Another example is Footwear manufacturer and retailer Clarks that created an engaging experience with an interactive storytelling event through messaging application WhatsApp to drum up sales of its Desert Boot (see more).
Users could message with characters based off famous personas in history, who were known to wear the boot.
Implementing narrative tactics into messaging apps can draw in fans of a brand, as users can become wrapped up in the storyline, and using a messaging platform places them directly into the story.
"Chat is inherently a more intimate and personal form of communication than broadcast-oriented platforms and channels, and so the opportunity that brands have in this space is to leverage the one-to-one relationship and create an experience that somehow brings value to the user i.e. customer service, a story that they can guide, a character they can relate to, or information that fits their needs," said Russell Ward, President of Massively. "The biggest and most obvious benefit is that you can have a one-to-one conversations vs. one too many broadcasted conversation with your audience.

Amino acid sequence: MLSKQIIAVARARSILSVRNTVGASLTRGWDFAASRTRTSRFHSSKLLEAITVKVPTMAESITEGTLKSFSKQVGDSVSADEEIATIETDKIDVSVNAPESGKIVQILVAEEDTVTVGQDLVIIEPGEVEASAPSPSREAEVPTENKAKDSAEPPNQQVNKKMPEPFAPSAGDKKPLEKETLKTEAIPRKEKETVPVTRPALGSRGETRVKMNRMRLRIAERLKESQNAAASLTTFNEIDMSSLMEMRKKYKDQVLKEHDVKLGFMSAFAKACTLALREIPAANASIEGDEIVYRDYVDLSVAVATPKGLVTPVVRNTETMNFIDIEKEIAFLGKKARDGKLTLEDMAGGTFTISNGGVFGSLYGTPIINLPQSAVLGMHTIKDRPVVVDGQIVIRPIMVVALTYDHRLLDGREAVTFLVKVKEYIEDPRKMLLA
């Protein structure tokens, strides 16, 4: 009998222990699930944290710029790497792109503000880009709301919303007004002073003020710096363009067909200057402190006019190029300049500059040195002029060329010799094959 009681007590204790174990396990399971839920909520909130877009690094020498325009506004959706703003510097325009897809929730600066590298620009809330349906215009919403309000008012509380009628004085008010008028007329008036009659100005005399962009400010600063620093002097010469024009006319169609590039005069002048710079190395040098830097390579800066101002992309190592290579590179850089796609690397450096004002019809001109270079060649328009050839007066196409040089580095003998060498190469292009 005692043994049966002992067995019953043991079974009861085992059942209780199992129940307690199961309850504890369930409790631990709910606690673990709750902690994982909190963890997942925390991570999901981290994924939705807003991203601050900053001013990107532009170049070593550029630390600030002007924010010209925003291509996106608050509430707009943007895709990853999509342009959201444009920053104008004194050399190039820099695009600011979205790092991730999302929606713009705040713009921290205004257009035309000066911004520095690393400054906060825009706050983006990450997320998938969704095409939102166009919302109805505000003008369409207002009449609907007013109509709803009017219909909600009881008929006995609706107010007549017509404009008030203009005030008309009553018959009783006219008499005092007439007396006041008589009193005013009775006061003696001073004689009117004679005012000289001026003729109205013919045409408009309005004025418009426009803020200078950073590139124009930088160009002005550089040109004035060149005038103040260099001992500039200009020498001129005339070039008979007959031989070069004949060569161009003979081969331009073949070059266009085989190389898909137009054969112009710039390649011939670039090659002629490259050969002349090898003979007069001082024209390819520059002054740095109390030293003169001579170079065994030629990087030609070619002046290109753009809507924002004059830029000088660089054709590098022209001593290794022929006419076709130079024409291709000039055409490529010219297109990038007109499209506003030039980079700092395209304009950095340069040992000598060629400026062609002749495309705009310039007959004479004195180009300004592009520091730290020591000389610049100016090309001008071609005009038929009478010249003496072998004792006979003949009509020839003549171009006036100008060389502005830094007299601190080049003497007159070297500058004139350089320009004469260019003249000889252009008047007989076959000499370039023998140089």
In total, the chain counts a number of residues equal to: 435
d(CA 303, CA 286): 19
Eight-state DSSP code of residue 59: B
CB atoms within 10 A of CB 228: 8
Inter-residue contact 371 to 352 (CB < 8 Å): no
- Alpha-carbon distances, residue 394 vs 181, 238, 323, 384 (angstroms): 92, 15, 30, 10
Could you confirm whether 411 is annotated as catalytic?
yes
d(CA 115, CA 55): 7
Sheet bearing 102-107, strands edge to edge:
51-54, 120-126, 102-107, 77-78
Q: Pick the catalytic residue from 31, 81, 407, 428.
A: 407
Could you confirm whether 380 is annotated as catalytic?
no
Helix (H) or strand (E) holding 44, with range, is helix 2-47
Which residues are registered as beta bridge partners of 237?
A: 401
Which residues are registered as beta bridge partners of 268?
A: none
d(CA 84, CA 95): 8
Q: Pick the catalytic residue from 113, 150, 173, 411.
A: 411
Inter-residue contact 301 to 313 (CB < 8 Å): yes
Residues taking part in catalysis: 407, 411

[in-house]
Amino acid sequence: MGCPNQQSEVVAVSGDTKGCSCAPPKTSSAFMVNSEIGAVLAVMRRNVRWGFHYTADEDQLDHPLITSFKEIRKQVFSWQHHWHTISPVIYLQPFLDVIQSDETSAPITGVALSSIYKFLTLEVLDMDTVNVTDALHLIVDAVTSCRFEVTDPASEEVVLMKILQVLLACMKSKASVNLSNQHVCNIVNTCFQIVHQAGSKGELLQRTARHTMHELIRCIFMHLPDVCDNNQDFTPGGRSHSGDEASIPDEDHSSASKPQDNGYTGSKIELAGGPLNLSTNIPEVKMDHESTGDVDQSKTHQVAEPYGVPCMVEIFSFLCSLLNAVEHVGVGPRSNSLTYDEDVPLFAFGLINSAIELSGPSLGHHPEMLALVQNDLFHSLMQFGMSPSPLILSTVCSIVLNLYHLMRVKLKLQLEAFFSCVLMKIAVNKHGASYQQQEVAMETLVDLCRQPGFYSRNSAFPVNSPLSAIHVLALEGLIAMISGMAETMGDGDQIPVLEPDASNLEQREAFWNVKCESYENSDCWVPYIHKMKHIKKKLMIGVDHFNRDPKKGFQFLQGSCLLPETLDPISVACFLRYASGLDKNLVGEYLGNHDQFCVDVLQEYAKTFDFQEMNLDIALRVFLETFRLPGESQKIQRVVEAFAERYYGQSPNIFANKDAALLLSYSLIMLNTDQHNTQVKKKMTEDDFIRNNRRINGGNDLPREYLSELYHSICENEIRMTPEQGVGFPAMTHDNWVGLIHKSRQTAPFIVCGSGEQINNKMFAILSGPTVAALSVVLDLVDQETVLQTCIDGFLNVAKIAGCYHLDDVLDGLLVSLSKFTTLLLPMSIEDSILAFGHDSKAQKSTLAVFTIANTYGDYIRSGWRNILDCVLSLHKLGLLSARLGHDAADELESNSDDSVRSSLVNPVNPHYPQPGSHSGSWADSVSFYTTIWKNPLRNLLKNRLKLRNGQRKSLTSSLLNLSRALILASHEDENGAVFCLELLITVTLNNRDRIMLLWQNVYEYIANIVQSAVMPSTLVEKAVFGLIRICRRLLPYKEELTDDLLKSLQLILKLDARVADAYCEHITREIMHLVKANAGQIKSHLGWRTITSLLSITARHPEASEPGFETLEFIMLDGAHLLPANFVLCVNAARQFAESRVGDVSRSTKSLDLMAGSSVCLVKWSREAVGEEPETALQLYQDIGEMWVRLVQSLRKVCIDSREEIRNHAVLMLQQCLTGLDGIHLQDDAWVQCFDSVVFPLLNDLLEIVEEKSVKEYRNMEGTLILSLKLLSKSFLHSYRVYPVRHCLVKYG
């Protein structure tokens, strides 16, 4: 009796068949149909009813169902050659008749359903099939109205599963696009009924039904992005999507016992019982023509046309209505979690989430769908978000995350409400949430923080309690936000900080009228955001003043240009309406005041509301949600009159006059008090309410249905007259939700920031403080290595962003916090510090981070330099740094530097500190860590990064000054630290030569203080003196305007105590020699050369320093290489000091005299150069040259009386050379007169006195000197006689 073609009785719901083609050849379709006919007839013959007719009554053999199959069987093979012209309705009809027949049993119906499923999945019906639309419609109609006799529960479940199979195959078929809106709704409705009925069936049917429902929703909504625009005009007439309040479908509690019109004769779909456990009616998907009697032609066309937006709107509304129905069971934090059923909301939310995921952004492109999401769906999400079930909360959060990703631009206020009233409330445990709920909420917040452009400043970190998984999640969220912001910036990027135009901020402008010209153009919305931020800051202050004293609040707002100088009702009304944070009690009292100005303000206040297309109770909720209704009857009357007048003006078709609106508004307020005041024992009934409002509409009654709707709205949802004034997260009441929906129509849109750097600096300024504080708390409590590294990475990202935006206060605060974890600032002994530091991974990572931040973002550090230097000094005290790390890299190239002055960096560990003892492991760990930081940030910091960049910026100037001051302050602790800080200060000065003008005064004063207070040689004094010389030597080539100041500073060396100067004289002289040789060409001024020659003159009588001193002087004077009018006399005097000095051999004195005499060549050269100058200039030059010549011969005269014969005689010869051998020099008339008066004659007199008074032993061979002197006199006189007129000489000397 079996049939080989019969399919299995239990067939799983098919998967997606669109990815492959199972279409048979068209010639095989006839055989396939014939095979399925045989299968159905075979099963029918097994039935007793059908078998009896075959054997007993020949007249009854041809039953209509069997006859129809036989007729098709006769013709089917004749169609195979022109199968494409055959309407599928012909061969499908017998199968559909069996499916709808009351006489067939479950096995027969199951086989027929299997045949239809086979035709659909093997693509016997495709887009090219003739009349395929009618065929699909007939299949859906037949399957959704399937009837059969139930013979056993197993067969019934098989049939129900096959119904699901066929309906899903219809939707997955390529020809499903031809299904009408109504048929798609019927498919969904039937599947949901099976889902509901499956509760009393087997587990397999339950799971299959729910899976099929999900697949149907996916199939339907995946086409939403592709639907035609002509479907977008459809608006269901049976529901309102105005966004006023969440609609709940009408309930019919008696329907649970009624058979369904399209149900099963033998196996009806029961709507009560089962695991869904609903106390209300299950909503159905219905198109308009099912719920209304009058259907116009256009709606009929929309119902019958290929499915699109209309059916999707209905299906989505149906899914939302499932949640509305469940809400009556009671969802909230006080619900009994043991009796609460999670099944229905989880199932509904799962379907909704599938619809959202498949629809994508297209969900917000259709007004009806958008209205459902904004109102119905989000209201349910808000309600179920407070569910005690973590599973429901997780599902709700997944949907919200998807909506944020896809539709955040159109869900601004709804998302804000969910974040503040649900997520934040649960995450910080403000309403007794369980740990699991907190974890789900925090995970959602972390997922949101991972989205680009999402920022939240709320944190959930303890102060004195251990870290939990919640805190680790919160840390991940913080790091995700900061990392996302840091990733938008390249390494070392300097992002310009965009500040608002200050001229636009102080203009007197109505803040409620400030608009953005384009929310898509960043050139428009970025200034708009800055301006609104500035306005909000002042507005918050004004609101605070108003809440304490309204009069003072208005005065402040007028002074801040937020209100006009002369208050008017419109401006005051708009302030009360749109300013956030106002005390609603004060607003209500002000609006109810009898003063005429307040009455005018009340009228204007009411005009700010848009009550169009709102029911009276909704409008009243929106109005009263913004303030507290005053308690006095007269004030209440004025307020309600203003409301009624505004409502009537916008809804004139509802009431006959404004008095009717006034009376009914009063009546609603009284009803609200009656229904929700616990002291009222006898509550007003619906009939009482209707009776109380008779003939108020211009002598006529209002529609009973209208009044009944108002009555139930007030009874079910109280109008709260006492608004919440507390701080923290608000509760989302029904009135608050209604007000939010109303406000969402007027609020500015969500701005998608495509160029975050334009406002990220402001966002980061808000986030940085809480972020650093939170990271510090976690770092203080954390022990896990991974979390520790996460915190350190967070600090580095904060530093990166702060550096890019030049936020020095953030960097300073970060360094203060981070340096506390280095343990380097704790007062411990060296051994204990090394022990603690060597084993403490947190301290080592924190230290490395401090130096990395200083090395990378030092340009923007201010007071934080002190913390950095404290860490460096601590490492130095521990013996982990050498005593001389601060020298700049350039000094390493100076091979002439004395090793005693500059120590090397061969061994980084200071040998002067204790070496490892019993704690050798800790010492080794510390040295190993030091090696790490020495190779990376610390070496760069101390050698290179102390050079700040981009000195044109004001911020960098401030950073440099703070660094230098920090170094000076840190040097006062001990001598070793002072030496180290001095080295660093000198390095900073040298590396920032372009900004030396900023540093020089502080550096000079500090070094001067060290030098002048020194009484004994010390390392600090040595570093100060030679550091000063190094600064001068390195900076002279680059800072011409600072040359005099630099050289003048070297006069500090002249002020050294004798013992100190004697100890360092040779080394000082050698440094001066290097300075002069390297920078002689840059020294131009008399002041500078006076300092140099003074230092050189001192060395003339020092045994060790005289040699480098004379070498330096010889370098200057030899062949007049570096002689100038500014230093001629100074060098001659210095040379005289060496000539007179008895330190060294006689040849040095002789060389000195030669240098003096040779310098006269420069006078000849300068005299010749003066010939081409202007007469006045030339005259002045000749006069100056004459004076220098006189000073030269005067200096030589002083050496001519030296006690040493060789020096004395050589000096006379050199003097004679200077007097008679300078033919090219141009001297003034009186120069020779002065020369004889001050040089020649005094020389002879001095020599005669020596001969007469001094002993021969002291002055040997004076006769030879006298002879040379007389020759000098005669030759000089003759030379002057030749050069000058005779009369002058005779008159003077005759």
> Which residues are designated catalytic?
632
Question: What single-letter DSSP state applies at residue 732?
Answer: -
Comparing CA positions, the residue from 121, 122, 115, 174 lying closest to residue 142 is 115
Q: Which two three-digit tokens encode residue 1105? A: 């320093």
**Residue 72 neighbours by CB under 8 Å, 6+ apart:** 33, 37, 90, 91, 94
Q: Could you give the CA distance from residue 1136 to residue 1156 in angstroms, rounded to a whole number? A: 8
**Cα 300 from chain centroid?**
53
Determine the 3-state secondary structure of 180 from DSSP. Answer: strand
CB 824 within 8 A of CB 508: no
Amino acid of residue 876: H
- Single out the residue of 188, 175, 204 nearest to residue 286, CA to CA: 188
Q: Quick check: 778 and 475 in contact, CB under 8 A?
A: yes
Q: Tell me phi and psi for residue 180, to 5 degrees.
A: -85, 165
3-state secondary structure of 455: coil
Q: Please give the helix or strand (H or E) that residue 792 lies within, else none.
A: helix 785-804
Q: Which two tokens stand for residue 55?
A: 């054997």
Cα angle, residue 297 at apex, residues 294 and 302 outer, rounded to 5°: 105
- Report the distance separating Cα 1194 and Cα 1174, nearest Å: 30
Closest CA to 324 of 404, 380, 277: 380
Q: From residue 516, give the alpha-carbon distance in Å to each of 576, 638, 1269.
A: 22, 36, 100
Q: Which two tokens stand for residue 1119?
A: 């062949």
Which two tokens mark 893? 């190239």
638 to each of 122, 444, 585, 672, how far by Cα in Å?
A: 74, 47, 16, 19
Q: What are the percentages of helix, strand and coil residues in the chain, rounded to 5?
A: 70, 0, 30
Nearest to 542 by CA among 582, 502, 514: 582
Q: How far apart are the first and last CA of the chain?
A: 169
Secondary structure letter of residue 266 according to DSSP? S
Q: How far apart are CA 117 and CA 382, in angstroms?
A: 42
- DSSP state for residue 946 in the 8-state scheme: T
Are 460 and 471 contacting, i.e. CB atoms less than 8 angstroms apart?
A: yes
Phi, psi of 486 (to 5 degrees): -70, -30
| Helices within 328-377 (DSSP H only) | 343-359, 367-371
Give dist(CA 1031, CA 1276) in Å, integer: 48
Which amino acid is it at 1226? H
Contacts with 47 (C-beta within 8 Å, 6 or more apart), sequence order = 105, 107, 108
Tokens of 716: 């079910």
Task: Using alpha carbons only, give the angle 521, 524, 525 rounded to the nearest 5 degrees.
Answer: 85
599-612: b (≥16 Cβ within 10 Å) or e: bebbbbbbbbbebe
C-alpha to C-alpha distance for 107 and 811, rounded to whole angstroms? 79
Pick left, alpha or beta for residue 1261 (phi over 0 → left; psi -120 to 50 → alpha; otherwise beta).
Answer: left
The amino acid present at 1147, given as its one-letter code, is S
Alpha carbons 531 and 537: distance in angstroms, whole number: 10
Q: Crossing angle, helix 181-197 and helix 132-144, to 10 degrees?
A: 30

"Beyond that, it is completely permission-based marketing, users opt in and control the experience," he said. "Chat-based marketing lets users control the experience once they opt in too, the timing, and even the platform are their choice.
"We also reward users and customers for engaging with us, but creating challenging, exciting, delightful stories that offer an experience."
Horror films gain a substantial advantage with messaging apps as well, as it allows the brands to leverage fans? established interest in scare tactics. Being apart of a horror film plotline through messaging heightens the fear experience for users.
Universal Studios? Unfriended and the Insidious franchise demonstrated the wide range of possibilities through messaging to drum up awareness over the films.